It's just that the people here before us don't seem to believe in forwarding addresses, and they did a lot of catalog shopping or got on a bunch of mailing lists. This combines adversely with our ill-tempered postal carrier who (using his handiwork as evidence) is on the verge of "going postal" in the grand old-fashioned way.
Routinely, every day of every week, if there is mail coming into our narrow mail slot, he packs it all in as though muzzle-loading a musket. He could take all the mail and roll it into a tidy cylinder, but no: he seems to put my postcards in first, then the bills, then he rolls up the catalogs and jams them down on top. All my mail is crushed and spindled, to borrow a relevant phrase.
My response to this is two-pronged: I've obtained a phone number to call to complain about this guy. I love the postal system, I love mail, I even understand that our mail slots are not roomy at all, but his behavior is a sign of either incompetence or poor anger management skills.
|A glimpse of my secret world: Swiss Gear travel bag,|
cutting mat and X-acto knife, How To Draw Manga
Women, and three tedious, unlikable postcards.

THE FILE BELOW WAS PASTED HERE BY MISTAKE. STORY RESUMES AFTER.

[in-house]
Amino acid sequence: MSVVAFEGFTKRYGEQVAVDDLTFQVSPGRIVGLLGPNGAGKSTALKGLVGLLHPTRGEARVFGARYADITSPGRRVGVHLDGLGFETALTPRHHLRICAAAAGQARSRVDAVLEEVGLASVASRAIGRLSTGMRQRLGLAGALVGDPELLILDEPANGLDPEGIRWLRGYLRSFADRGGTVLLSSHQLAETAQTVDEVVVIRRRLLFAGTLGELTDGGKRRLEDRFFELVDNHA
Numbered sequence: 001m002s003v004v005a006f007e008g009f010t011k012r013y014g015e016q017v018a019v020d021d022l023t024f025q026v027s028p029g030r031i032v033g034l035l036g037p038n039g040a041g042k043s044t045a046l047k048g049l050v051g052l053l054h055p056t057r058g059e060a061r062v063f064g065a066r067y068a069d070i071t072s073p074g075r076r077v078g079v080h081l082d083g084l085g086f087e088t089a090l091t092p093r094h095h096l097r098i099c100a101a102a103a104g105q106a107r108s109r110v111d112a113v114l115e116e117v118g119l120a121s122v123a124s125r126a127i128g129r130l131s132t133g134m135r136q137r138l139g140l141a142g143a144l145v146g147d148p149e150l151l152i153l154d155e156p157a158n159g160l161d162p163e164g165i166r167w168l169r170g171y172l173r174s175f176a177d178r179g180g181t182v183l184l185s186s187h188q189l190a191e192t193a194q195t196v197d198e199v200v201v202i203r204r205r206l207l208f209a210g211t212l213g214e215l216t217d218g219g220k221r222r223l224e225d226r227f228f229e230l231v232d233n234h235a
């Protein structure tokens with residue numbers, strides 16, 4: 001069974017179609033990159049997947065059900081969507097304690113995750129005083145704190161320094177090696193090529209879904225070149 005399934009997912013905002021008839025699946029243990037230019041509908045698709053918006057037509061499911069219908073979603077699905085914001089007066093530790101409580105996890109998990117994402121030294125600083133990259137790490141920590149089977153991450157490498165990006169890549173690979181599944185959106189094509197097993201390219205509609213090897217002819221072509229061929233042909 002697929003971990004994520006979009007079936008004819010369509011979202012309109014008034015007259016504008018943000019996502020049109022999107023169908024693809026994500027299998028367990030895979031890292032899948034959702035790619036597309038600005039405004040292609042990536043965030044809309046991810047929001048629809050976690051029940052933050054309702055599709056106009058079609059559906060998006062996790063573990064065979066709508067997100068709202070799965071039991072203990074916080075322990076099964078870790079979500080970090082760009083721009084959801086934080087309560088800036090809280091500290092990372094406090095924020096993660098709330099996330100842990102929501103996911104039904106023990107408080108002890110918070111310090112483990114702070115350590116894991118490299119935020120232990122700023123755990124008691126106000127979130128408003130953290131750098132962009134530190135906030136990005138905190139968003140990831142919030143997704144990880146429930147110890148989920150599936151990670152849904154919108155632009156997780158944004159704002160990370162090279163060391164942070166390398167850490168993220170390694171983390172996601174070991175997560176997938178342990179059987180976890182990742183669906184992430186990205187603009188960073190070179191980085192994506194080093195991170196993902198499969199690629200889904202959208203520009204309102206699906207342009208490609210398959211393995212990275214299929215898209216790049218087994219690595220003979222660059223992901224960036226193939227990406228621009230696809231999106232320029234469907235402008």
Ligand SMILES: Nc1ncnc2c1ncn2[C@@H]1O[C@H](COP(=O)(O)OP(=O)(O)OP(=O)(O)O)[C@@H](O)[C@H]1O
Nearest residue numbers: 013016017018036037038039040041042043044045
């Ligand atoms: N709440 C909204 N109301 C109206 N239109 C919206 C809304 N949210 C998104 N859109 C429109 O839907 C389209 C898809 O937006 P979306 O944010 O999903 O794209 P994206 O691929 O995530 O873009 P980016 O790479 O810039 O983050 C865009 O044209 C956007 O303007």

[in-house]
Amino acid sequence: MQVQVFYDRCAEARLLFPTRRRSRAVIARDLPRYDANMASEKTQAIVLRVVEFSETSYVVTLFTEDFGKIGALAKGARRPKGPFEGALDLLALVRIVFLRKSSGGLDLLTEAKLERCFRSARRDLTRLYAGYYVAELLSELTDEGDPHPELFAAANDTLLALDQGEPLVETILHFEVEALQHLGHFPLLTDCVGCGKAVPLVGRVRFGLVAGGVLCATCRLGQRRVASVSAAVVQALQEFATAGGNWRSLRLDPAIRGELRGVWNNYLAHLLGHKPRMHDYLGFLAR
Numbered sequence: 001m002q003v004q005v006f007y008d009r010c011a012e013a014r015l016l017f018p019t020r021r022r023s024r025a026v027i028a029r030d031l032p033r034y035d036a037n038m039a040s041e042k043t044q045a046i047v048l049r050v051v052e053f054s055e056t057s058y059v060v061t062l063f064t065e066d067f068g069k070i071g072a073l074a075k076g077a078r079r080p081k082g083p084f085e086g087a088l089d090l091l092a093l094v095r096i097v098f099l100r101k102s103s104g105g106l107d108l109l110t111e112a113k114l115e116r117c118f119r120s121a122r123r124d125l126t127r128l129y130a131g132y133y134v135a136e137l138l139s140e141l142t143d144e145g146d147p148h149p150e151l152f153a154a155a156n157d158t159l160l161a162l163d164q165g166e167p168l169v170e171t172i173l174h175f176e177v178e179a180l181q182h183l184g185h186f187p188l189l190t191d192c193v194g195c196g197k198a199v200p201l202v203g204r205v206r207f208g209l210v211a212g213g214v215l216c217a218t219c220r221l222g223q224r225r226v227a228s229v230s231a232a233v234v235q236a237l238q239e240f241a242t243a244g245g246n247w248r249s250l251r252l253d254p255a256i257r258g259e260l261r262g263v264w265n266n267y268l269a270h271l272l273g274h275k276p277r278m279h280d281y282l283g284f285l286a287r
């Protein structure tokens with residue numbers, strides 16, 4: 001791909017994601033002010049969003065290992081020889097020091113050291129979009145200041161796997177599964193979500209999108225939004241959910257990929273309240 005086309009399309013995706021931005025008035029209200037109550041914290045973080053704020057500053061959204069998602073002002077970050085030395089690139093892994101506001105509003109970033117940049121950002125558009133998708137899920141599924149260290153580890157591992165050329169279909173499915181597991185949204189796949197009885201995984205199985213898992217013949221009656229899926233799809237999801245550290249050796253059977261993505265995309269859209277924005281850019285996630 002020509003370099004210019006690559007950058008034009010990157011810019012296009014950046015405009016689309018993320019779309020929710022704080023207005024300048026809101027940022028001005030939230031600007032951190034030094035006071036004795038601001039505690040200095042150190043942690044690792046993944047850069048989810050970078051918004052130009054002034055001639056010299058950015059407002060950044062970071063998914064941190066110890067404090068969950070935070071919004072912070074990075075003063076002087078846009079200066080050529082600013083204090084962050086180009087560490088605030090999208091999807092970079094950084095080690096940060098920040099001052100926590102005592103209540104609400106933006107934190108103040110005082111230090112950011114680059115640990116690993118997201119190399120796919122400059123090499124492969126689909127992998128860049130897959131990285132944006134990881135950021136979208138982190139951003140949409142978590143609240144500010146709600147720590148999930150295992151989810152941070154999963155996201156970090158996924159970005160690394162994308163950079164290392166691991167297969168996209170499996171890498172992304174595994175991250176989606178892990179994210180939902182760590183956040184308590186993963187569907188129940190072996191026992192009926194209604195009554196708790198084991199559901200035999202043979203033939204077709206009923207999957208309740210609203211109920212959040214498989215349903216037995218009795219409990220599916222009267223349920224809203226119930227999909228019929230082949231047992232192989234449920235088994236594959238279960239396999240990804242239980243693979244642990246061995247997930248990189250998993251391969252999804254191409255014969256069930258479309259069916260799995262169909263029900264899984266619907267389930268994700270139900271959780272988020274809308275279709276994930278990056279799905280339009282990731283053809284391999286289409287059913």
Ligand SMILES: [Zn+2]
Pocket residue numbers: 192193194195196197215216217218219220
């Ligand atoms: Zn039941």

This is how you formally request to be removed from a mailing list, in a forceful and legally compliant way that no responsible business has any right to refuse. Beneath the label (or just your address, if you prefer), you write these three things:
- REMOVE FROM DISTRIBUTION LIST
- DO NOT SHARE CONTACT INFORMATION
- DO NOT CONTACT AGAIN
Anyone who writes back to you after receiving that is in line for a lawsuit.
And remember, the destination address must be the lowest address on the postcard: paste (or write) your address up high and then write the destination address as low as you dare. Leave some room for the bar code label the post office will apply there, and what I do after that is write the address in reverse order, going up from city and state and ZIP, line by line. That way, I leave as little room as possible at the bottom of the card.